[Paideía and Saṁskṛti: Some Food for Thought] «Other nations made gods, kings, spirits; the Greeks alone made men» wrote famously Jäger, enthusiastically celebrating the purported exceptionality of the Greek ‘miracle’ in his epoch-making early XX century work, Paideia. Die Formung des griechischen Menschen, which was to exert a persistent influence on western self-representation, giving new scope to western supremacism by the added distinction of its Hellenic roots. Taking its cue from Jäger’s advocacy of paideía, or culture in the higher sense of Bildung, as a uniquely Greek (and by extension European) creation, this paper seeks to expose the untenability of such an assumption by comparison to the parallel notion of saṁskṛti in the Indian milieu. It does so first of all by arguing that Jäger’s premises are flawed and methodologically unsound on various accounts, and most of all because they endorse a restrictive notion of culture that, in addition to being unreasonable in itself, is utterly inconducive to fruitful historical investigation. Secondly, after a brief discussion of the Vedic and priestly foundations of the peculiarly Indian notion of culture vis-à-vis the Homeric and aristocratic roots of the Greek one, the paper tries to show, with the help of several examples, how the Indian notion of saṁskṛti, besides possessing its own unique features over against the Greek paideía, also shares with the latter a number of parallel traits, and most importantly the very concept, which Jäger recognizes as paramount, of culture as the conscious creation of an ideal type which selectively binds its exponents to the preservation and transmission of the values of an élite — however differently embodied, in the warrior aristocracy, in Greece, and in the priestly class in India. Nevertheless, despite the major role played by the brāhmaṇas as the custodians of high culture throughout Indian history, the contribution of the kṣatriya class has by no means been of lesser consequence. After an intermezzo challenging the notion, still fondly cherished in some circles, of the unmistakably Greek specificity of that all-important department of culture, i.e. philosophy, the paper winds up by drawing a quick sketch of the outstanding culture-shaping significance of the Indian epics, the Rāmāyaṇa and the Mahābhārata, and their pervasive and enduring influence even well into the contemporary Indian society, exceeding by far whatever meaningfulness the Homeric epics may still be credited with in the contemporary ‘disenchanted’ western world.

Magnone, P., Paideía e saṁskṛti: qualche spunto di riflessione, in Tanaka, K. (ed.), L’educazione nella società asiatica, Biblioteca Ambrosiana - Bulzoni, Milano 2014: 31- 48 [http://hdl.handle.net/10807/66618]

Paideía e saṁskṛti: qualche spunto di riflessione

Magnone, Paolo
2014

Abstract

[Paideía and Saṁskṛti: Some Food for Thought] «Other nations made gods, kings, spirits; the Greeks alone made men» wrote famously Jäger, enthusiastically celebrating the purported exceptionality of the Greek ‘miracle’ in his epoch-making early XX century work, Paideia. Die Formung des griechischen Menschen, which was to exert a persistent influence on western self-representation, giving new scope to western supremacism by the added distinction of its Hellenic roots. Taking its cue from Jäger’s advocacy of paideía, or culture in the higher sense of Bildung, as a uniquely Greek (and by extension European) creation, this paper seeks to expose the untenability of such an assumption by comparison to the parallel notion of saṁskṛti in the Indian milieu. It does so first of all by arguing that Jäger’s premises are flawed and methodologically unsound on various accounts, and most of all because they endorse a restrictive notion of culture that, in addition to being unreasonable in itself, is utterly inconducive to fruitful historical investigation. Secondly, after a brief discussion of the Vedic and priestly foundations of the peculiarly Indian notion of culture vis-à-vis the Homeric and aristocratic roots of the Greek one, the paper tries to show, with the help of several examples, how the Indian notion of saṁskṛti, besides possessing its own unique features over against the Greek paideía, also shares with the latter a number of parallel traits, and most importantly the very concept, which Jäger recognizes as paramount, of culture as the conscious creation of an ideal type which selectively binds its exponents to the preservation and transmission of the values of an élite — however differently embodied, in the warrior aristocracy, in Greece, and in the priestly class in India. Nevertheless, despite the major role played by the brāhmaṇas as the custodians of high culture throughout Indian history, the contribution of the kṣatriya class has by no means been of lesser consequence. After an intermezzo challenging the notion, still fondly cherished in some circles, of the unmistakably Greek specificity of that all-important department of culture, i.e. philosophy, the paper winds up by drawing a quick sketch of the outstanding culture-shaping significance of the Indian epics, the Rāmāyaṇa and the Mahābhārata, and their pervasive and enduring influence even well into the contemporary Indian society, exceeding by far whatever meaningfulness the Homeric epics may still be credited with in the contemporary ‘disenchanted’ western world.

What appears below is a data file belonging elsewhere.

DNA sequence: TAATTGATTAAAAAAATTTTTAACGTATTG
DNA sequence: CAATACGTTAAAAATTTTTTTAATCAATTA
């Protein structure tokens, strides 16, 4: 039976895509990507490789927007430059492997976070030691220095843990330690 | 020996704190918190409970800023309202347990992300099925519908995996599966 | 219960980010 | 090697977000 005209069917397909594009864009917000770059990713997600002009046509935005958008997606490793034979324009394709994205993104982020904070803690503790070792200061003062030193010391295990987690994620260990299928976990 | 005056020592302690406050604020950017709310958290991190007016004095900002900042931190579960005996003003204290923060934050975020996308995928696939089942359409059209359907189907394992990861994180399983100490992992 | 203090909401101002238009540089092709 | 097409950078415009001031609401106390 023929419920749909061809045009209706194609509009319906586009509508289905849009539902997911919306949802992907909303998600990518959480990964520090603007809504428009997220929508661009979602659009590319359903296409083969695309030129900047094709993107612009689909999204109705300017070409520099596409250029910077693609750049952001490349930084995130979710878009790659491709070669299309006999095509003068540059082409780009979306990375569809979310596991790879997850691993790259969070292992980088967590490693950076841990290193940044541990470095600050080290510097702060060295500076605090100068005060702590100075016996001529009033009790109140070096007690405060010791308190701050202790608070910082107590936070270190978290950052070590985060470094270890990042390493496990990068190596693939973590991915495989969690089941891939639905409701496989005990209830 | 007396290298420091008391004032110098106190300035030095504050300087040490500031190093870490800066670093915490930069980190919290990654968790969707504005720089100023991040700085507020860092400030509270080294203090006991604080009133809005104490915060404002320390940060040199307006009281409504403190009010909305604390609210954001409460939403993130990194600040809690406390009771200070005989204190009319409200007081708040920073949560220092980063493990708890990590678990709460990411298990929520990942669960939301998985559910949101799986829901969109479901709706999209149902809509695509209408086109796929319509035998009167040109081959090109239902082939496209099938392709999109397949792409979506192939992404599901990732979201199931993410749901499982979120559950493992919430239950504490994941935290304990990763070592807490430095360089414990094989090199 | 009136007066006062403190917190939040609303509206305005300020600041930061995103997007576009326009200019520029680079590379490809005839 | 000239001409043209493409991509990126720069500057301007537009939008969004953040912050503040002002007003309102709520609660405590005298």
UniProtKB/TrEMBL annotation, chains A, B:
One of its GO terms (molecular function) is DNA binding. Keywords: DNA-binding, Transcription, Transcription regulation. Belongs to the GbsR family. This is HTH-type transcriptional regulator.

Italiano
L’educazione nella società asiatica
9788878709607
Magnone, P., Paideía e saṁskṛti: qualche spunto di riflessione, in Tanaka, K. (ed.), L’educazione nella società asiatica, Biblioteca Ambrosiana - Bulzoni, Milano 2014: 31- 48 [http://hdl.handle.net/10807/66618]
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Utilizza questo identificativo per citare o creare un link a questo documento: http://hdl.handle.net/10807/66618
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